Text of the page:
Tuesday evening I went to my neighborhood video store because I wanted to rent Hunger since my boyfriend was working and therefore unable to veto it. Sadly it was checked out. Not finding anything else to my liking on the new release racks I decided to raid the VHS section for movies I'd always meant to see and hadn't. I came up with Boom! and I Am a Camera.
Boom! is a 1968 Joseph Losey film that shows up on most lists of camp classics. It stars Elizabeth Taylor as Sissy Goforth, a deranged, rich American lady living in a mansion perched atop her very own Italian island. Richard Burton shows up and turns out to be some sort of Angel of Death character. Noel Coward makes a few appearances as Sissy's bitchy confidant the Witch of Capri. The film reportedly cost three times more than it was supposed to and you can definitely see the money on the screen. It's dull in some moments, fabulous in others, generally enchanting. I think Noel Coward's performance is generally overrated but Elizabeth Taylor's hats are everything you've been led to believe they are. Watching the movie felt sort of like reading a Tennessee Williams short story, a little rougher around the edges than his great plays. I'd really have to watch it again before deciding whether there was any real insight to be found here. It certainly made me want to read the play. The island and the mansion are gorgeous and while watching it, I kept finding myself transported to daydreams of being on that island. It's supposedly Sardinia so now I know where I want to go if I ever make it back to Italy. People always say Elizabeth Taylor was too young for the part but I feel like the movie implied she had some kind of a disease and it sort of worked for me. I didn't really think that Richard Burton clicked in this role though. It's a good movie for people who like weird, campy, quasi-metaphysical films. B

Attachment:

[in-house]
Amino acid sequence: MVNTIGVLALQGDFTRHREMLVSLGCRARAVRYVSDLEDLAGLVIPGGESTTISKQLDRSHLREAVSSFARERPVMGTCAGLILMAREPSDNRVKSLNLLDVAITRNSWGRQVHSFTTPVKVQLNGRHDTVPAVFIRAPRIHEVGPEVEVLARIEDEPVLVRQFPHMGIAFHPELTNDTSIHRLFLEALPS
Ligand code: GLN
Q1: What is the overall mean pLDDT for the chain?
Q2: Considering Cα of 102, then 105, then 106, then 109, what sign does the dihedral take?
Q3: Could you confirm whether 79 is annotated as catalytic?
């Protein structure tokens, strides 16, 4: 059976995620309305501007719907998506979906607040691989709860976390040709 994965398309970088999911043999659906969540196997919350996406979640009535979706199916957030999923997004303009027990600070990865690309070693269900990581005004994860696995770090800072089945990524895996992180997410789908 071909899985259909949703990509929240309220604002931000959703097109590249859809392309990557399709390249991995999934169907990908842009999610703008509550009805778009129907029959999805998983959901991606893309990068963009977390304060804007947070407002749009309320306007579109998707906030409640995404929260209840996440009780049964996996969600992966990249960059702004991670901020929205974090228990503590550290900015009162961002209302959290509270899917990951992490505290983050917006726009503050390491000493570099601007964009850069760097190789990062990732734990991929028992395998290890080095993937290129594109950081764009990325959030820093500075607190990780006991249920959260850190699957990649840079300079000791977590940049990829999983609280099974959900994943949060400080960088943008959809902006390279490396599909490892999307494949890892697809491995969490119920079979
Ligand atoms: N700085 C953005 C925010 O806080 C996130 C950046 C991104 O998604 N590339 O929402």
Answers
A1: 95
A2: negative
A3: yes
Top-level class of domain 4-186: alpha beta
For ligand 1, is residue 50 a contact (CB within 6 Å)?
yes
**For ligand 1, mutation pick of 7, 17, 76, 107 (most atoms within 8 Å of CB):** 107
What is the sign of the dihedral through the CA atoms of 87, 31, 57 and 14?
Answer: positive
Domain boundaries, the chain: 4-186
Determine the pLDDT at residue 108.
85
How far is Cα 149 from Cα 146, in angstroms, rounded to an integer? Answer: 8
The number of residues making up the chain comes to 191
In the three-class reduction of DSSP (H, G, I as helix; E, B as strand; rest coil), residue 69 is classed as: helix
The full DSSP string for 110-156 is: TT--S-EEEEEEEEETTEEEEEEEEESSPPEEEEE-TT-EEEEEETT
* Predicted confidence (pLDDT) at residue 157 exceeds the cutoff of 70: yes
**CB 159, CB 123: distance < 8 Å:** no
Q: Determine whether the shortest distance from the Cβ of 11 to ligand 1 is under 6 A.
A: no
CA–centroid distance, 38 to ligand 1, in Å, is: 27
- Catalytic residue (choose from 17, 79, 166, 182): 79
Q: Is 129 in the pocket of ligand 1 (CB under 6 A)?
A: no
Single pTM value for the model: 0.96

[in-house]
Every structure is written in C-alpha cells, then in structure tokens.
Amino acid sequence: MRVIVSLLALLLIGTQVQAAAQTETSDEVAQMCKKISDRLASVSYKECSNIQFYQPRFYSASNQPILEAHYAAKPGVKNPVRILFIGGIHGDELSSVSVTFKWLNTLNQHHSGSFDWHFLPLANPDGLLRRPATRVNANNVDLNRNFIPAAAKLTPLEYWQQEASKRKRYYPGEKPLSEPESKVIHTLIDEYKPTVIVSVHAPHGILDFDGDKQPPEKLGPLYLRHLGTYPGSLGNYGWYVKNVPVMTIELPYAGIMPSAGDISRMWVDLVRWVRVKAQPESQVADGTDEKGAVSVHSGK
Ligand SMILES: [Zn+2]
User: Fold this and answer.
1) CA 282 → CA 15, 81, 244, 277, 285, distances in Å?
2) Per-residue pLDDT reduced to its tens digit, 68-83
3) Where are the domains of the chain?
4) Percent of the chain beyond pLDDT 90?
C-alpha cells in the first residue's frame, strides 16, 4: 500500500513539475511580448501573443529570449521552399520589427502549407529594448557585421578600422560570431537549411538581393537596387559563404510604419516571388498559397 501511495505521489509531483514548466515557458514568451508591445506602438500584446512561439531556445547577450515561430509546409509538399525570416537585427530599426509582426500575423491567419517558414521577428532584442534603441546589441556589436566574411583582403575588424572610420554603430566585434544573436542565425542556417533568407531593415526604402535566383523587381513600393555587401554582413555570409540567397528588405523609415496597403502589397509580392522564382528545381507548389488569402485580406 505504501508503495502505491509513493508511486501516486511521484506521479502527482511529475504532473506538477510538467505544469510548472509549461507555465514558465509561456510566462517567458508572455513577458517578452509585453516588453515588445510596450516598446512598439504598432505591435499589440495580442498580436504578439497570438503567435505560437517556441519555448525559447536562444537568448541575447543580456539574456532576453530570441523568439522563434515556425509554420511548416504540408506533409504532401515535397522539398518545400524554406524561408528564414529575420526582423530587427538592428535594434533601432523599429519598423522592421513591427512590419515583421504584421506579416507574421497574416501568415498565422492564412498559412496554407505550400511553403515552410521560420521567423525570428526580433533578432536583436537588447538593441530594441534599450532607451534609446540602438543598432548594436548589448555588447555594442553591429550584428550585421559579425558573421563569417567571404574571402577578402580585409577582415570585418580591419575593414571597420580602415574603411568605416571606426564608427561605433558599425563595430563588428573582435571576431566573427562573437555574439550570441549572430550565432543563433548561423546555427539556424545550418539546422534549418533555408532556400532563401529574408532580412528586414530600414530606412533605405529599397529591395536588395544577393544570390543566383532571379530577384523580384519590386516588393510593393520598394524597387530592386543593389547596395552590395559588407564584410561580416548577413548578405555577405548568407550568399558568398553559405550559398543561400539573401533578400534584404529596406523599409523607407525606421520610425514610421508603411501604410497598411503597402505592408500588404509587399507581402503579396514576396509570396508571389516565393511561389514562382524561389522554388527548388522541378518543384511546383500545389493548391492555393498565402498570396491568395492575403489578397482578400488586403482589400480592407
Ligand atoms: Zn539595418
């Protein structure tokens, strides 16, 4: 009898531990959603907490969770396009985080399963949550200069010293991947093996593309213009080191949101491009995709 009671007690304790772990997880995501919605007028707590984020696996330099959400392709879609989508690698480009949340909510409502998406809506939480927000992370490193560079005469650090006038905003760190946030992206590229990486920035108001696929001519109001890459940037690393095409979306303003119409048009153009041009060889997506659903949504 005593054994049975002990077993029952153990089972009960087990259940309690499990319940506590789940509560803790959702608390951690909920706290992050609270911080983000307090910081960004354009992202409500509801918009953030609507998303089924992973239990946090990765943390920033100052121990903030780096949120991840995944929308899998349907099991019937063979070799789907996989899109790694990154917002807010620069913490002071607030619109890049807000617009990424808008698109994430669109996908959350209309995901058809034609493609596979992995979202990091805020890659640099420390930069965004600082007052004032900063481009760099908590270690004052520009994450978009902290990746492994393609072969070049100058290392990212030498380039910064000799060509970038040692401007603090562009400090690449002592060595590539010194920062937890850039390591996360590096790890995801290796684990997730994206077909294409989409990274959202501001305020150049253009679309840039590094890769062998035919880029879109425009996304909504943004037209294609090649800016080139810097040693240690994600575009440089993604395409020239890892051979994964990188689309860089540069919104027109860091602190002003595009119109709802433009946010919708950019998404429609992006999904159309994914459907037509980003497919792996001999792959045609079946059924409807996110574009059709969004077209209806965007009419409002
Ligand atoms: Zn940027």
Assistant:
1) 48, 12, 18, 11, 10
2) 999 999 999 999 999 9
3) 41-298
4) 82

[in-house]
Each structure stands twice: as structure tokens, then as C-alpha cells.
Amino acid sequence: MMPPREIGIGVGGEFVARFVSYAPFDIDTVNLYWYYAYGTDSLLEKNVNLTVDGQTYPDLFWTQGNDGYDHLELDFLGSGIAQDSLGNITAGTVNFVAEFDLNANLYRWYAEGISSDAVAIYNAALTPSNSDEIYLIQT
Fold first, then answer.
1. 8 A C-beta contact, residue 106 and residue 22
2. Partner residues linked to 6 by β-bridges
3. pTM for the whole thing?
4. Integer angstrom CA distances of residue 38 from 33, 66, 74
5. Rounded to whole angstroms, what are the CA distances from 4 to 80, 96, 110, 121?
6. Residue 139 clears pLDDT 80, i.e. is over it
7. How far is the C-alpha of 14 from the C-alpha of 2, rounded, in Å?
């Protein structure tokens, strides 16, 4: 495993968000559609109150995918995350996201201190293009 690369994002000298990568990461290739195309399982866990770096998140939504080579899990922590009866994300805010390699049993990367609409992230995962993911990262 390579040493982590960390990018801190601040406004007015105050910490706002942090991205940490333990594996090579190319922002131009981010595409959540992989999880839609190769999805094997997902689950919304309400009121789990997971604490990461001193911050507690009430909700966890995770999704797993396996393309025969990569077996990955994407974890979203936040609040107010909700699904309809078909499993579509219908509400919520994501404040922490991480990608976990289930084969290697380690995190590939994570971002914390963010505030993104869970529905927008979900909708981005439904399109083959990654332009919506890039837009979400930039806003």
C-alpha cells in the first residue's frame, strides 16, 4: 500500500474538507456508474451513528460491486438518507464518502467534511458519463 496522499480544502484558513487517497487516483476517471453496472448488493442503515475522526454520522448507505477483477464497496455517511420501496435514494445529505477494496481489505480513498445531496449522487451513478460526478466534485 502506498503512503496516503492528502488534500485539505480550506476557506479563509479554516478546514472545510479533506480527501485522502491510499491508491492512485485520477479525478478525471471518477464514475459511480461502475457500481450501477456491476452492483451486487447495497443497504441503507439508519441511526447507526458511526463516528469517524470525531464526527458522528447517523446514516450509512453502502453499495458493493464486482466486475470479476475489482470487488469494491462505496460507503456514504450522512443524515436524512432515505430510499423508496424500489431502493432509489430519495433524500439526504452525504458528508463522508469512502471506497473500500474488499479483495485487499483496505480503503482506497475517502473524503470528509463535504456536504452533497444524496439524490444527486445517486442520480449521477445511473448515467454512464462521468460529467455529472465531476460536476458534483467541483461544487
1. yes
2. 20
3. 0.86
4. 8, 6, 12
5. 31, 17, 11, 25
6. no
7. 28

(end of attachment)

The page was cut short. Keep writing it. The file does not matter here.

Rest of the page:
I Am a Camera is mostly known for being based on the same play that inspired Cabaret. I've neither seen the play nor read it but based on the film, it seems like both the book that inspired it and the musicals it spawned are superior. I like Laurence Harvey because he's cute and charming. Julie Harris seems slightly miscast as Sally Bowles although she's definitely more in line with the Sally of Isherwood's Goodbye to Berlin than that of the musical. I have no idea why they have Shelley Winters playing the German Jewish love interest of a similarly miscast secret Jewish gigolo. Oh well. It was engaging enough but not terribly compelling. I don't know how well the story works without the sexual deviance and so forth. Maybe the movie's just too English for me. One of the reviews I've read suggests the blandness is a result of it being filmed in London instead of Berlin. C/C-